If you have recently read the news, you have likely heard the words ‘Bitcoin’ and ‘cryptocurrency’. There is no doubt the crypto markets have grown in recognition over the past year, but there is a great deal of confusion over what they actually are as with any new technology.
One of the most common misconceptions is that Bitcoin and other cryptocurrencies are one and the same thing. Unfortunately, this is far from the case, which is why it is important that you understand the basics of how these new digital assets work.
This is how Bitcoin is different from other cryptocurrencies:
Bitcoin is Considered a Store of Value
The most fundamental difference between Bitcoin and other cryptocurrencies is that Bitcoin is primarily used as a store of value, rather than a cheap coin you can use to pay for coffee or run a network with.
Bitcoin was designed from the outset to become a form of digital gold as a means of storing (and maintaining) financial wealth over long periods. The best way to store Bitcoin, of course, is in a hard wallet.
Bitcoin is, by its very nature, scarce. There will only ever be a certain number of Bitcoins produced (21 million Bitcoins by the year 2140, to be exact). This gives the network an intrinsic value, because nobody can physically create more than this amount and lower the value of each coin.
The reason no one can create more Bitcoins is that the network is completely decentralized. No one owns it or has any sort of monopoly over it. Even the mysterious creator of Bitcoin – Satoshi Nakamoto – couldn’t change the network, even if he wanted to.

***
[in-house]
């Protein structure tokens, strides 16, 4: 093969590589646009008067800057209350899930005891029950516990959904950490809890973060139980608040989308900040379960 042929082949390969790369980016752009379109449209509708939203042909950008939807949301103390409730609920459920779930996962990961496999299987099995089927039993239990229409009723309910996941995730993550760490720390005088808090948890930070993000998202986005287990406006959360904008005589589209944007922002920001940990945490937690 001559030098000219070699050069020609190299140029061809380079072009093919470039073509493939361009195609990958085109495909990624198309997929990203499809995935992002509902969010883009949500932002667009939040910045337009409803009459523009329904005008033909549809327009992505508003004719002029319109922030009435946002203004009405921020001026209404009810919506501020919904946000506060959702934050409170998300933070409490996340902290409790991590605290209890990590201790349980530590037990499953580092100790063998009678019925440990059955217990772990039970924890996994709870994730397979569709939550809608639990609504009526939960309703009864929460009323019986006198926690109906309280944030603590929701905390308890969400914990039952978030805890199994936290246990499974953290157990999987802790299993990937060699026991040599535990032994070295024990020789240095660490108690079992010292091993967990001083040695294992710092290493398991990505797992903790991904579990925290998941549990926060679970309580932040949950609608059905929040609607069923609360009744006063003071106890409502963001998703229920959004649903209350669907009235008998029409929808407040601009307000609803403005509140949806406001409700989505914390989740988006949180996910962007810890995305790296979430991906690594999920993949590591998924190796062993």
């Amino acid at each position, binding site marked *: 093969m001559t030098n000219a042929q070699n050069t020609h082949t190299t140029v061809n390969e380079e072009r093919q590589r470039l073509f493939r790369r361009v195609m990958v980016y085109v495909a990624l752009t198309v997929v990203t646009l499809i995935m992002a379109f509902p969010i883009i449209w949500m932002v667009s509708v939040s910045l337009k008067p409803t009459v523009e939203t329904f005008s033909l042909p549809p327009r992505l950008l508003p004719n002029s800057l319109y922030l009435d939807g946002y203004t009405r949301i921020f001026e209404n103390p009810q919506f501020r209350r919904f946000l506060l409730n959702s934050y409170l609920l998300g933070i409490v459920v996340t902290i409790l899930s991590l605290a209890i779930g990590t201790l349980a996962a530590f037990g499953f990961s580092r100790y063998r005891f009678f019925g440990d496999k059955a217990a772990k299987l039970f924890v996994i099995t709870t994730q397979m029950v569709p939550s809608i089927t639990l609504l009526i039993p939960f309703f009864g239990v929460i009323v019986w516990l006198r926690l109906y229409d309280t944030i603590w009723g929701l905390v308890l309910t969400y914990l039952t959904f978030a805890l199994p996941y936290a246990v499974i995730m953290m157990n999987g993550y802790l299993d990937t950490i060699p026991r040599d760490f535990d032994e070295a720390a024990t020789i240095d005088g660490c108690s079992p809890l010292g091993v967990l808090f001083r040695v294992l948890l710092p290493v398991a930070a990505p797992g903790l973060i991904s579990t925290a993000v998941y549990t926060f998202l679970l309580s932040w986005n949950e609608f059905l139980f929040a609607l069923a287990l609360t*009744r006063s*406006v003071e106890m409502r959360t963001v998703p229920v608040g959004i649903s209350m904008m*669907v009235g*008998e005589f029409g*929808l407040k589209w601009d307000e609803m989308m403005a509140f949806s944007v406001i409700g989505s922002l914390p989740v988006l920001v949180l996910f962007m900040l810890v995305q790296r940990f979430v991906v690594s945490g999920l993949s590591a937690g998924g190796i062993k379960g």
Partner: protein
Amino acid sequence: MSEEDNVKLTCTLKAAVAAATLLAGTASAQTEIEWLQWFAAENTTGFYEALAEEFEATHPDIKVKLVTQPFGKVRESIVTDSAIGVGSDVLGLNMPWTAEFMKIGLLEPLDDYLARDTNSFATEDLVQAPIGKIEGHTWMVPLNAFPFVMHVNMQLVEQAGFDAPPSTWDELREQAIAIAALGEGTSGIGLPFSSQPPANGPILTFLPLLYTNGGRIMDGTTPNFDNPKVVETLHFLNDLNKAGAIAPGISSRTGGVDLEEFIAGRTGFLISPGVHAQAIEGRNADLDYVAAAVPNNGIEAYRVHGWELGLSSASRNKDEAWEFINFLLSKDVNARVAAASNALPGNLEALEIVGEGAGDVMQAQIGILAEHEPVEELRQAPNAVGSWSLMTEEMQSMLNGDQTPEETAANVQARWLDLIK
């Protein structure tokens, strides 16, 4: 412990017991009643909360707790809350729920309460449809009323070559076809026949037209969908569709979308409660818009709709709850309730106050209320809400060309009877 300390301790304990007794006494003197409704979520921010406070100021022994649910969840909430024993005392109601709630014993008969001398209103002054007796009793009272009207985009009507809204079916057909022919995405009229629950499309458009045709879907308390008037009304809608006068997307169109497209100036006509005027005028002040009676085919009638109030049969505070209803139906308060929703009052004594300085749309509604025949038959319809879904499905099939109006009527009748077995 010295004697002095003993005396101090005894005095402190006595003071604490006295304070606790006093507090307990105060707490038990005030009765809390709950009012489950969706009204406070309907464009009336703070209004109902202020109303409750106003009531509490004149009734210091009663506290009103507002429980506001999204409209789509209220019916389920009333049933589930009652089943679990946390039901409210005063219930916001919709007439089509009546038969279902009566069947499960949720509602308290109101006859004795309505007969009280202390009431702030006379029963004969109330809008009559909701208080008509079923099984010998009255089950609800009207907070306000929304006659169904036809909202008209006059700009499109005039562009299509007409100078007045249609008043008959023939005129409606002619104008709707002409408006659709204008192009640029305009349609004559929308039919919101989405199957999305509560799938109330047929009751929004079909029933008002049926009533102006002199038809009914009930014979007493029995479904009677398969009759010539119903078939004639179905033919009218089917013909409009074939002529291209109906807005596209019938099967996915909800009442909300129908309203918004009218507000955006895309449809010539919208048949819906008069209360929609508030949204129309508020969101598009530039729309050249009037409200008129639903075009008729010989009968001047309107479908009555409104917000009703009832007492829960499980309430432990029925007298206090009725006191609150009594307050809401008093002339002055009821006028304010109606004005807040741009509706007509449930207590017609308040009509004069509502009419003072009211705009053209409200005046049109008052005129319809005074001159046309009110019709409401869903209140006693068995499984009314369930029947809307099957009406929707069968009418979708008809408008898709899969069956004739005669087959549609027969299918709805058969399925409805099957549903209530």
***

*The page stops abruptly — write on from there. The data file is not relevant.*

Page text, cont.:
This is why Bitcoin is thought of by some institutional investors similarly to other scarce assets – such as the physical buying of gold.
This differs from other cryptocurrencies, which are designed less like a store of value, and more as tokens to be spent on their underlying networks. For example, Ethereum (the second-largest cryptocurrency behind Bitcoin) uses its ETH coin to power its network. Therefore, the value of the coin can fluctuate, depending on how many coins are created and the overall health of the network.
The Bitcoin Network is Designed to Be as Safe as Possible
One of the most common fears surrounding Bitcoin and other cryptocurrencies is the security of the networks. Naturally, it is easy to believe that Bitcoin could be targeted by hackers and compromised, leaving trillions of dollars at risk of theft.
However, this is unlikely because the Bitcoin network makes it incredibly difficult (arguably impossible) for hackers to break into the network and cause any meaningful damage. The Bitcoin blockchain is self-policing, with nodes constantly monitoring the network and ensuring hackers can’t get in.
However, this strength comes at the cost of speed, which is why Bitcoin is rarely used as an everyday currency.
Other Tokens Are Used For a Variety of Purposes
Another common misconception is that Bitcoin can be replaced by another cryptocurrency. This is unlikely because Bitcoin cannot be altered or compromised, which makes it a pristine digital asset.
Other cryptocurrencies instead focus on other, completely different roles. These roles include creating entirely separate blockchain networks, which create platforms for businesses to build on – similar to the existing internet.